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Buhl v. State

Court of Appeals of Minnesota

January 7, 2019

Jonathan Edward Buhl, petitioner, Appellant,
v.
State of Minnesota, Respondent.

          Anoka County District Court File No. 02-K4-93-006203

          Charles F. Clippert, Clippert Law Firm, P.L.L.C; and Rebecca L. Duren, Lesch and Duren, (for appellant)

          Lori Swanson, Attorney General; and Anthony C. Palumbo, Anoka County Attorney, Robert I. Yount, Assistant County Attorney, (for respondent)

          Considered and decided by Rodenberg, Presiding Judge; Hooten, Judge; and Stauber, Judge. [*]

         SYLLABUS

         I. For purposes of determining whether a petitioner meets the statutory definition of "exonerated" under Minn. Stat. § 590.11, subd. 1 (1)(ii) (2018) of the Minnesota Imprisonment and Exoneration Remedies Act, the phrase "consistent with innocence" shall be interpreted as "agrees with innocence."

         II. The denial of a request for permission to bring a motion for reconsideration under Minn. Gen. R. Prac. 115.11 is not an appealable order.

          OPINION

          HOOTEN, JUDGE.

         In this appeal from the district court's order denying appellant's petition for certification of eligibility for compensation based on exoneration, appellant argues that the district court erred by finding that he did not meet the statutory definition of "exonerated," ruling that he failed to establish his innocence by a preponderance of the evidence, and denying him permission to move for reconsideration. We affirm.

         FACTS

         In early April of 1993, a masked assailant with a gun robbed a convenience store in Blaine, Minnesota. During the course of the robbery, the assailant bound customers and an employee with duct tape, sexually assaulted one of the customers, and fled in that customer's car. Appellant was arrested and charged with four counts of aggravated robbery, four counts of kidnapping, one count of second-degree assault, and one count of attempted second-degree criminal sexual conduct. Before trial, the state also charged appellant with one count of motor vehicle use without consent. At trial on these charges, the state introduced Spreigl evidence[1] of appellant's 1990 burglary conviction for the purpose of proving his identity. State v. Buhl, 520 N.W.2d 177, 180 (Minn.App. 1994), review denied (Minn. Oct. 27, 1994). The jury found appellant guilty, but a panel of this court determined that the district court erred in allowing the introduction of this Spreigl evidence, reversed appellant's conviction, and remanded for a new trial. Id. at 183. Appellant faced the same charges in a new jury trial and was found not guilty.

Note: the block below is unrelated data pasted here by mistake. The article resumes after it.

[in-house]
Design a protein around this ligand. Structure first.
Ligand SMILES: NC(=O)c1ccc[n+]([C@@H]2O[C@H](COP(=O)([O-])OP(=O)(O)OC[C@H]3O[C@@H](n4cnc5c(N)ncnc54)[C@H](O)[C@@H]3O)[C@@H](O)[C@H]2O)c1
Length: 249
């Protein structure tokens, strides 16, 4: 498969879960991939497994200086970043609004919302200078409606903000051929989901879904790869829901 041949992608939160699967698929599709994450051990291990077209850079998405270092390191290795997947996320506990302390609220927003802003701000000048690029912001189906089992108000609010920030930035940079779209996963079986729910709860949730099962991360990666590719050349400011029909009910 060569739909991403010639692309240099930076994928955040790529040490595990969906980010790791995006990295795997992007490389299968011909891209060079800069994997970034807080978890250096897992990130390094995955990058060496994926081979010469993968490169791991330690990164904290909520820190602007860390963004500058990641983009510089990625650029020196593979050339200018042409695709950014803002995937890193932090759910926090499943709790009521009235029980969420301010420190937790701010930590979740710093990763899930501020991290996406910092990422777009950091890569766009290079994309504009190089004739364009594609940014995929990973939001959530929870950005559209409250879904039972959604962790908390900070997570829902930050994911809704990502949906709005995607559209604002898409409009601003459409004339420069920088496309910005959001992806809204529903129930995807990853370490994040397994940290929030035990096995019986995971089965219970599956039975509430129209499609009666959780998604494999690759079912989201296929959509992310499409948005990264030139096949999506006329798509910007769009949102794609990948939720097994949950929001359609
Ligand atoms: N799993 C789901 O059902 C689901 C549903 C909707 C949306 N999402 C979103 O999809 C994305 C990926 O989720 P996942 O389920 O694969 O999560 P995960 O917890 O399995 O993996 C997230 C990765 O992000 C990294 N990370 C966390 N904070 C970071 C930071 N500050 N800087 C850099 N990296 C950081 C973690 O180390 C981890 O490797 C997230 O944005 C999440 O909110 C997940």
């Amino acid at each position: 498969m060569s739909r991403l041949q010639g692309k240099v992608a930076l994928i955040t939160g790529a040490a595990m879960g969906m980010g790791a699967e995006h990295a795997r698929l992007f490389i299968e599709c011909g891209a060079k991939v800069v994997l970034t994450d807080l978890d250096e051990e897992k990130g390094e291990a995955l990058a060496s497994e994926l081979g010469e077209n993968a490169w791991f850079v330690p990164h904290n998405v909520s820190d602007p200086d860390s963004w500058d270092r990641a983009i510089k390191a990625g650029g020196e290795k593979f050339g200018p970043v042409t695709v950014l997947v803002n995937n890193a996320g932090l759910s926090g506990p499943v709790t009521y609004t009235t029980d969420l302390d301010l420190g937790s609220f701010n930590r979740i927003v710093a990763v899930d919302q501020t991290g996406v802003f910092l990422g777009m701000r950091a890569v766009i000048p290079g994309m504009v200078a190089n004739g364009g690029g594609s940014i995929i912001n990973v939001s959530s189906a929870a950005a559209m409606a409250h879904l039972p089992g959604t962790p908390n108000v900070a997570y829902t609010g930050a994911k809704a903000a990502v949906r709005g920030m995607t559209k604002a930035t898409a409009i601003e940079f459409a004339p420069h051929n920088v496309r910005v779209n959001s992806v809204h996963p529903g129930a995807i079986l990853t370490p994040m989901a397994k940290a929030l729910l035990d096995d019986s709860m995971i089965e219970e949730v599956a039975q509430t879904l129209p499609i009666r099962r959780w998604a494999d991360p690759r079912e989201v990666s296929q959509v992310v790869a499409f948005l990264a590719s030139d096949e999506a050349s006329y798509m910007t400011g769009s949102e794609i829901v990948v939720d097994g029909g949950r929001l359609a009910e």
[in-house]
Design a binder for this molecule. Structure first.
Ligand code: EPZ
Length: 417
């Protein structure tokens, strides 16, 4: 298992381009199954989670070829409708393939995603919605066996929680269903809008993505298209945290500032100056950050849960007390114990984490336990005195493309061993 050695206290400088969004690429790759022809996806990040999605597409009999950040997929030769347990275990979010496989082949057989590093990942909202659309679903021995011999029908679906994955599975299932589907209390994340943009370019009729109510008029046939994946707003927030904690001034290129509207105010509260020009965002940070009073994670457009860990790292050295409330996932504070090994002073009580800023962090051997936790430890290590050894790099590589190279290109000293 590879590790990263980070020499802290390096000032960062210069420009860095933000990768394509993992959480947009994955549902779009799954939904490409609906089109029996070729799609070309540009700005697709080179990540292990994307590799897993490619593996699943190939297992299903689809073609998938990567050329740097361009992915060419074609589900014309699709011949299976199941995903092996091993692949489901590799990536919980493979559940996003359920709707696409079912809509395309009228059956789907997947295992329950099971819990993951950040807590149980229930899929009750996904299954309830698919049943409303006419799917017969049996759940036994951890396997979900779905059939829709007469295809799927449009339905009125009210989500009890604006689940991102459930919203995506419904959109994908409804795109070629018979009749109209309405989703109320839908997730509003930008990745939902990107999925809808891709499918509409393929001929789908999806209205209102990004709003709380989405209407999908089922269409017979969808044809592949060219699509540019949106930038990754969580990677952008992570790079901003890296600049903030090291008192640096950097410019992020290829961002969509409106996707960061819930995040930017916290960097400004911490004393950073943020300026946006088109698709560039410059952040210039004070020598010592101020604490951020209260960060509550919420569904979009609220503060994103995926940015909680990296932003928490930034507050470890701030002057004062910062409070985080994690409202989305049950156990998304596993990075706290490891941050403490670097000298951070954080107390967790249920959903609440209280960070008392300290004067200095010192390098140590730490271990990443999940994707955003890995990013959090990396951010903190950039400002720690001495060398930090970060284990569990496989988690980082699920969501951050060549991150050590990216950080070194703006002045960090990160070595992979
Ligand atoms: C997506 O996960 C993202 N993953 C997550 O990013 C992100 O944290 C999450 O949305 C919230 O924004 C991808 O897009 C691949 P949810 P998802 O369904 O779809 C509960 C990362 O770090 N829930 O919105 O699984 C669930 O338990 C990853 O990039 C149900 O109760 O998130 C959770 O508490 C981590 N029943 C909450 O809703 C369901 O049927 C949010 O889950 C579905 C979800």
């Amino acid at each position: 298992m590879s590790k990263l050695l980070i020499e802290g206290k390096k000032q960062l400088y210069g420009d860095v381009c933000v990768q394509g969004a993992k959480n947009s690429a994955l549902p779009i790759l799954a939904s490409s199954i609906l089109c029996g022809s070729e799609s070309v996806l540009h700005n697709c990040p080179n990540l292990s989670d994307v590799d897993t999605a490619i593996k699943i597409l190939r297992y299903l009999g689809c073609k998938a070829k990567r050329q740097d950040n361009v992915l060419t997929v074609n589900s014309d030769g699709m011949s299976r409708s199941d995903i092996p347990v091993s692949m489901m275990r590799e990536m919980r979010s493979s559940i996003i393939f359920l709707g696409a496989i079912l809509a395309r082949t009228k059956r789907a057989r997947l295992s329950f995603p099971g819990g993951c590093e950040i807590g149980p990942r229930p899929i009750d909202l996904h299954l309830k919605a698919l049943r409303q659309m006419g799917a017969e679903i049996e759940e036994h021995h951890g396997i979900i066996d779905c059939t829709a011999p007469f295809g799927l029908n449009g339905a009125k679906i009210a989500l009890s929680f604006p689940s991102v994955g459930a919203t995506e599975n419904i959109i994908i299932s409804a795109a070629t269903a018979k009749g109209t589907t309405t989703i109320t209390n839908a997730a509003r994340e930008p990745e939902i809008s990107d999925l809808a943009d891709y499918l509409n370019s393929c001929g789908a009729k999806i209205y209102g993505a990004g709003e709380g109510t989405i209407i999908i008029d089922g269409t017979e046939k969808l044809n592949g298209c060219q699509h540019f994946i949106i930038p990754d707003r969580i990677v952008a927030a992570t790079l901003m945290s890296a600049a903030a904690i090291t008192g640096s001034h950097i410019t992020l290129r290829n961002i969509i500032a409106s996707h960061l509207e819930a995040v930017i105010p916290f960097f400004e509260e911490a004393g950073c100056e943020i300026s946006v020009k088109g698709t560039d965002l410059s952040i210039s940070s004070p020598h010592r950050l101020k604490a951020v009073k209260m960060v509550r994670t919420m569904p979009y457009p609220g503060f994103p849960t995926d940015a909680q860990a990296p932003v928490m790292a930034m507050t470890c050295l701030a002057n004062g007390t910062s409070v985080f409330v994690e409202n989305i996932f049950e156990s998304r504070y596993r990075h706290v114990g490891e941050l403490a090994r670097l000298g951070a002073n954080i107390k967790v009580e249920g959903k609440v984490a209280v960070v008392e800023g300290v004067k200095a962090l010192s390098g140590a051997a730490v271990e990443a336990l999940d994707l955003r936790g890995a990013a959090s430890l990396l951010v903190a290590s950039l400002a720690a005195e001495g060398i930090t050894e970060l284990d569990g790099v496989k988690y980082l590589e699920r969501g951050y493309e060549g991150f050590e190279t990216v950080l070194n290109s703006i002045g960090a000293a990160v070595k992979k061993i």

In June of 2016, almost two years after Minnesota passed the Minnesota Imprisonment and Exoneration Remedies Act (MIERA), and just before the statute of limitations expired, appellant filed a petition seeking an order certifying that he is eligible for exoneree compensation. After holding an evidentiary hearing, the district court denied appellant's petition. Appellant filed a letter asking for permission to file a motion for reconsideration, and the district court denied that as well. This appeal follows.[2]

         ISSUES

         I. Did the district court err in concluding that a reversal and remand for a new trial based on erroneously admitted Spreigl evidence was not "on grounds consistent with innocence"?

         II. Did the district court err in finding that appellant did not establish his innocence by a preponderance of the evidence?

         III. Is the district court's denial of appellant's request for permission to file a motion for ...


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